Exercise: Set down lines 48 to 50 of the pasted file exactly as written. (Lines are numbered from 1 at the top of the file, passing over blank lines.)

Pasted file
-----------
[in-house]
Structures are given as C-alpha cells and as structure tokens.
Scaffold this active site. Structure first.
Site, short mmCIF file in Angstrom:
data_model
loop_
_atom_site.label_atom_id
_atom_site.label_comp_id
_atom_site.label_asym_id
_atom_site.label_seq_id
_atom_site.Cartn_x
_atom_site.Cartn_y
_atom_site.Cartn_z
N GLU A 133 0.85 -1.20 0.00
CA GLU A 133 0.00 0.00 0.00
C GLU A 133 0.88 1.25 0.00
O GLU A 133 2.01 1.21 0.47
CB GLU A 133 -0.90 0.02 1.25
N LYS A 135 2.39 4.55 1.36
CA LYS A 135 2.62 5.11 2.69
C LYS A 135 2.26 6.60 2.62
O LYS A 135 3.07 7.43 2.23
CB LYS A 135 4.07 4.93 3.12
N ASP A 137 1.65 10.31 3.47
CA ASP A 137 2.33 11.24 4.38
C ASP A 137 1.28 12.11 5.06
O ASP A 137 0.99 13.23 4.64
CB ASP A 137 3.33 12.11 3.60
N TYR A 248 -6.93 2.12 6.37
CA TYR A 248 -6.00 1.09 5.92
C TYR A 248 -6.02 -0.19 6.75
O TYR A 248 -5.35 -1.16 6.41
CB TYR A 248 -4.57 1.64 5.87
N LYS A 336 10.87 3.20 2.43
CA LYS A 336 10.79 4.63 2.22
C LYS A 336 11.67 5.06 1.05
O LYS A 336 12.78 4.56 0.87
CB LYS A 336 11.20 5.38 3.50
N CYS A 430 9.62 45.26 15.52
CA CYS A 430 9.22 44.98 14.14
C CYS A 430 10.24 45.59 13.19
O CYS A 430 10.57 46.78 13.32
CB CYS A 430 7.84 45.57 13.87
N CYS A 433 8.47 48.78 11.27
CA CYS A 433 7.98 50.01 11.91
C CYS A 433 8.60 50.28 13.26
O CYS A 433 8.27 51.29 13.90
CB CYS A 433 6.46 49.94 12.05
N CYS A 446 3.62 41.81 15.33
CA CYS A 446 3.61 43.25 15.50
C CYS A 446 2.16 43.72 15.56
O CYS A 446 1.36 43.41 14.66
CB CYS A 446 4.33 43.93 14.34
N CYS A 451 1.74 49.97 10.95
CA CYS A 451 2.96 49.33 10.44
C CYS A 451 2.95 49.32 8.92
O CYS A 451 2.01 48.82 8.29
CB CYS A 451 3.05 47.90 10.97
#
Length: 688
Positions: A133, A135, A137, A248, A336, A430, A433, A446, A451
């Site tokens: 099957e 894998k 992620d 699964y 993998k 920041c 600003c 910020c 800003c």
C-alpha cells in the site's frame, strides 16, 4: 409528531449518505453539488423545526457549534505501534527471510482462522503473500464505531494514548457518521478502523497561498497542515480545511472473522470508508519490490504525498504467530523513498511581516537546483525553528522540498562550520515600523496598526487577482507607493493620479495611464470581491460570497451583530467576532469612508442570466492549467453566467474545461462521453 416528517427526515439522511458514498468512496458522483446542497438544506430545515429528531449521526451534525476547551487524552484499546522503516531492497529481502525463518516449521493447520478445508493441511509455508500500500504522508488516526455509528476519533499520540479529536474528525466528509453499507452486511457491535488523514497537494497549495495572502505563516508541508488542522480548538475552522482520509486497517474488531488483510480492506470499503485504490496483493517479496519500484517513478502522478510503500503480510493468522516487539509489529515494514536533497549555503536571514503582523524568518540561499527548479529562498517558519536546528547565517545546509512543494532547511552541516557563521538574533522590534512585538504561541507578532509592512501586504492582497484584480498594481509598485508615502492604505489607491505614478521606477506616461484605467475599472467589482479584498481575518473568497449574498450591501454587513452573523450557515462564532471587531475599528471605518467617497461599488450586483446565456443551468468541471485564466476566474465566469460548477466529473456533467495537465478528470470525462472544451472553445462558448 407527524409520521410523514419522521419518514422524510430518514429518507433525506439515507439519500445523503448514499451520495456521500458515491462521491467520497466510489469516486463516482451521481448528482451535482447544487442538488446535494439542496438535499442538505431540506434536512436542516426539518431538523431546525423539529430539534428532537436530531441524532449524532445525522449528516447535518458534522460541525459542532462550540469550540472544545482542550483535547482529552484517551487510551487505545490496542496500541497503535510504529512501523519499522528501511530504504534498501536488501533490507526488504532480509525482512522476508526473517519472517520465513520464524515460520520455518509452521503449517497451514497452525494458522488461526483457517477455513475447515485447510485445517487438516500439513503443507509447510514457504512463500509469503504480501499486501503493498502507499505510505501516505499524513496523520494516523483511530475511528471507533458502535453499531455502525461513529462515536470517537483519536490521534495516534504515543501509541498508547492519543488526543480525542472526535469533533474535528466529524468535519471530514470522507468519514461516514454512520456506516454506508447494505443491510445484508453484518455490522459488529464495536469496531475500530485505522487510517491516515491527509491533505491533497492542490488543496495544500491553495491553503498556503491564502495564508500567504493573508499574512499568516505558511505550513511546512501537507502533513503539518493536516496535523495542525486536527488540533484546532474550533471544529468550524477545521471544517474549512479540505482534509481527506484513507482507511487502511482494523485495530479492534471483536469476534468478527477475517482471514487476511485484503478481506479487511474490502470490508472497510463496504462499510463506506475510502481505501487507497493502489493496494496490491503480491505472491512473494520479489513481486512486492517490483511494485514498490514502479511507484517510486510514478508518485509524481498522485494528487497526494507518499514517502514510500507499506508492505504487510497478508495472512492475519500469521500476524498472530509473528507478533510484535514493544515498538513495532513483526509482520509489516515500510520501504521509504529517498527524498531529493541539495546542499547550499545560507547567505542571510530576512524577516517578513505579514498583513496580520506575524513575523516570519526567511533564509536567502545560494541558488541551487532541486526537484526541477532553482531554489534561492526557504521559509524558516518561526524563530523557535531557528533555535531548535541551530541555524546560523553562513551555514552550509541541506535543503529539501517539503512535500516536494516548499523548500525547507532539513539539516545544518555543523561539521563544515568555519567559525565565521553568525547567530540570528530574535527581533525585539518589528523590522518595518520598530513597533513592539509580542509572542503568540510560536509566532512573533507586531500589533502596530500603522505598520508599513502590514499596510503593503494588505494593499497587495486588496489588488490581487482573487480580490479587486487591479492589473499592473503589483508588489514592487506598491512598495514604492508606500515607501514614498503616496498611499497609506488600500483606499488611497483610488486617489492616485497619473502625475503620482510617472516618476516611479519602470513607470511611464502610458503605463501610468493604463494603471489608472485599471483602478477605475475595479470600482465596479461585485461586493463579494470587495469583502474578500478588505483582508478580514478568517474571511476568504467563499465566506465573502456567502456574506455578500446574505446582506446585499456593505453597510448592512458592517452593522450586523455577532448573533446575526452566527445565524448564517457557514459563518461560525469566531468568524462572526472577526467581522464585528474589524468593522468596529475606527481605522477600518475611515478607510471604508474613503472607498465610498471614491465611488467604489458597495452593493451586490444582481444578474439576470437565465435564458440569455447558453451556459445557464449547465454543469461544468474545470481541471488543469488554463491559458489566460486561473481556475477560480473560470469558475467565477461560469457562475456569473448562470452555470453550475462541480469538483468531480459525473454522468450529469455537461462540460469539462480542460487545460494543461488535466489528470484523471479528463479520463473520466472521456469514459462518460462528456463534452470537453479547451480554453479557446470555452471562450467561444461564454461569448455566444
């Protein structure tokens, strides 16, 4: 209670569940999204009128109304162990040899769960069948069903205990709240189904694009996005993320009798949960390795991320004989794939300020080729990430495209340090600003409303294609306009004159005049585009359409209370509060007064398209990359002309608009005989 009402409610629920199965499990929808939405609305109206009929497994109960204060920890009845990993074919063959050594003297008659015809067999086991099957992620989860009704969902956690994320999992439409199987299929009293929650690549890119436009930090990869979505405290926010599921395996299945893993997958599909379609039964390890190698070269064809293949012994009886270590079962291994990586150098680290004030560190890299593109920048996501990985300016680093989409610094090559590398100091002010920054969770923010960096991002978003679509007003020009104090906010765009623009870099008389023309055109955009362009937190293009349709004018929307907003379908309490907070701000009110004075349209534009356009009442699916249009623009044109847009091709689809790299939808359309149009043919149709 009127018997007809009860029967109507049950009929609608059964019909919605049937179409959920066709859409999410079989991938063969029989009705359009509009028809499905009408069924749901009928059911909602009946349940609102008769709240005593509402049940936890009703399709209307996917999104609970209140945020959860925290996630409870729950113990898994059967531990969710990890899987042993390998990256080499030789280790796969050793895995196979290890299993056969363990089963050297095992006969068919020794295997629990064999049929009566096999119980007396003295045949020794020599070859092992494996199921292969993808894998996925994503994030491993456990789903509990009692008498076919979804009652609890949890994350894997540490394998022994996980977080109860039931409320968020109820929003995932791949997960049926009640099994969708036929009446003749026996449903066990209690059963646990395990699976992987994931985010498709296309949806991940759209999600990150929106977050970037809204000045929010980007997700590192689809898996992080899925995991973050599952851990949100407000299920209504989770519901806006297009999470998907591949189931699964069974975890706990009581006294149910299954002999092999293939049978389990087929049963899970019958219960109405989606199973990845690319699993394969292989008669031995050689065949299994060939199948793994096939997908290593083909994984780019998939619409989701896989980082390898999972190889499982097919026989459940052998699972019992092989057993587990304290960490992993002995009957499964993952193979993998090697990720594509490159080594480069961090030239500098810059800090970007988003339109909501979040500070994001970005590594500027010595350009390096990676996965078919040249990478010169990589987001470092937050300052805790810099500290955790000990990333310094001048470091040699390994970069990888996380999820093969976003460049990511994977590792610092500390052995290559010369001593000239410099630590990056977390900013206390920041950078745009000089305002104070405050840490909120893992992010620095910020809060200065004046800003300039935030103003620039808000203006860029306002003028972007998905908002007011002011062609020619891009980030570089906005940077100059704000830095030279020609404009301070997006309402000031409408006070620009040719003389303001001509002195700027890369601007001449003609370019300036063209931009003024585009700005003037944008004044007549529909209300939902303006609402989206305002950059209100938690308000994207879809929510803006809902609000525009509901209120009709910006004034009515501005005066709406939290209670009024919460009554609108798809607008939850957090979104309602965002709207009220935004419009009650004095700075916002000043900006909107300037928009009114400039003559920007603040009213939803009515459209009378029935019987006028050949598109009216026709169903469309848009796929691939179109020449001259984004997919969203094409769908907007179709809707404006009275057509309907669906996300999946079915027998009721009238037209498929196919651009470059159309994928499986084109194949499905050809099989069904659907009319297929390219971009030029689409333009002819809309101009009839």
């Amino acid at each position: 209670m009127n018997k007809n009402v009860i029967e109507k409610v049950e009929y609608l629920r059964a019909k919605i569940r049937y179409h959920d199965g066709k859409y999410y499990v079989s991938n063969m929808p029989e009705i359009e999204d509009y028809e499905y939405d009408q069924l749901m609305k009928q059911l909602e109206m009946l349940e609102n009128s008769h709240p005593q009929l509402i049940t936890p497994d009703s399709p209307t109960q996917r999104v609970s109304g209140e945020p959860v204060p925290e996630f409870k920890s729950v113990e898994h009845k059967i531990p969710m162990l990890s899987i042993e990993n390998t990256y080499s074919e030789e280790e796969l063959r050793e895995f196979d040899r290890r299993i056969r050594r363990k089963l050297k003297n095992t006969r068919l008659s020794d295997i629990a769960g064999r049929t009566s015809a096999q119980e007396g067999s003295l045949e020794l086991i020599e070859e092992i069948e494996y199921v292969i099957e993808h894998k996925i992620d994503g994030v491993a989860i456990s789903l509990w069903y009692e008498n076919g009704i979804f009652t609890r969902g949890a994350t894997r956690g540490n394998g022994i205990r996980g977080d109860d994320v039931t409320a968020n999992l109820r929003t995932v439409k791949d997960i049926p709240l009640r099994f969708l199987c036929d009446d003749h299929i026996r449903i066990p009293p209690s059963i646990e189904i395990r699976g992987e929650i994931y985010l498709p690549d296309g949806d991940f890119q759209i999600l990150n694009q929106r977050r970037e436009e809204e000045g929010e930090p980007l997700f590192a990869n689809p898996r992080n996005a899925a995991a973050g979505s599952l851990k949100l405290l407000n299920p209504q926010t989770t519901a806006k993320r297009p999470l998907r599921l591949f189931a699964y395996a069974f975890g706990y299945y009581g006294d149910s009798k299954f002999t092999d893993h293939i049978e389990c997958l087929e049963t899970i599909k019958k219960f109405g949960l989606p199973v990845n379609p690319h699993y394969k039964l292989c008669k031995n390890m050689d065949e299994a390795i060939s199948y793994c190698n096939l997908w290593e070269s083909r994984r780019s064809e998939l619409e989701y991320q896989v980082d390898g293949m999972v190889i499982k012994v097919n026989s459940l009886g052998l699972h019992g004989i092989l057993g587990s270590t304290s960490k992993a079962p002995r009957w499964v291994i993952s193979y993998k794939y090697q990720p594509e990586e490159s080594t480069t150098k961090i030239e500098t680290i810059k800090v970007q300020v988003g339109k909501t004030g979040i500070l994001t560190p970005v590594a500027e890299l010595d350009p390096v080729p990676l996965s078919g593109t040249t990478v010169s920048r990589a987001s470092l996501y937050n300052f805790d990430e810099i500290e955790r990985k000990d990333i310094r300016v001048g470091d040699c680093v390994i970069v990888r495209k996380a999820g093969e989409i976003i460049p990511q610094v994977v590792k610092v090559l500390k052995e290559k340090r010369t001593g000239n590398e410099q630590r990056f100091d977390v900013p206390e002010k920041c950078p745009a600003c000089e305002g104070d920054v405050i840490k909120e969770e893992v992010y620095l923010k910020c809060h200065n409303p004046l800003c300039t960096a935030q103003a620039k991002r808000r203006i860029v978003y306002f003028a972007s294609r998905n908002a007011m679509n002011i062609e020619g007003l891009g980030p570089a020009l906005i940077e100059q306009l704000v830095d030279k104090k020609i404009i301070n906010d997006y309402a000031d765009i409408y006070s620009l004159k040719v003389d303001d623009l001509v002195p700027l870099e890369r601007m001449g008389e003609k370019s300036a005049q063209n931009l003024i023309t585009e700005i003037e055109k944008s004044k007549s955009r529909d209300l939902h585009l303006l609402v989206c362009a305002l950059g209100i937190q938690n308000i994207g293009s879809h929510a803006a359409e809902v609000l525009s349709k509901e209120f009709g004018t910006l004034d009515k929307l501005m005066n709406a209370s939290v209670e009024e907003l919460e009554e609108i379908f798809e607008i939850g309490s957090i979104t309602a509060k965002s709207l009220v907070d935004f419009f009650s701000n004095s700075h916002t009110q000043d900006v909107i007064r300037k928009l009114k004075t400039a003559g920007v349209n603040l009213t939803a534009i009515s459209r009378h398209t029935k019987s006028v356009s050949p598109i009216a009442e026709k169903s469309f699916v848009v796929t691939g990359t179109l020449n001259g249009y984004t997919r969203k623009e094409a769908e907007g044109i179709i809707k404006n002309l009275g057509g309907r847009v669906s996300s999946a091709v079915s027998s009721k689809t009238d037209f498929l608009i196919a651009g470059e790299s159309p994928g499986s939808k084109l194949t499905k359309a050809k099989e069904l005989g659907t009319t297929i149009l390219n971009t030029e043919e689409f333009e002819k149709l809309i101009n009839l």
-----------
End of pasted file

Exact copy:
CB CYS A 433 6.46 49.94 12.05
N CYS A 446 3.62 41.81 15.33
CA CYS A 446 3.61 43.25 15.50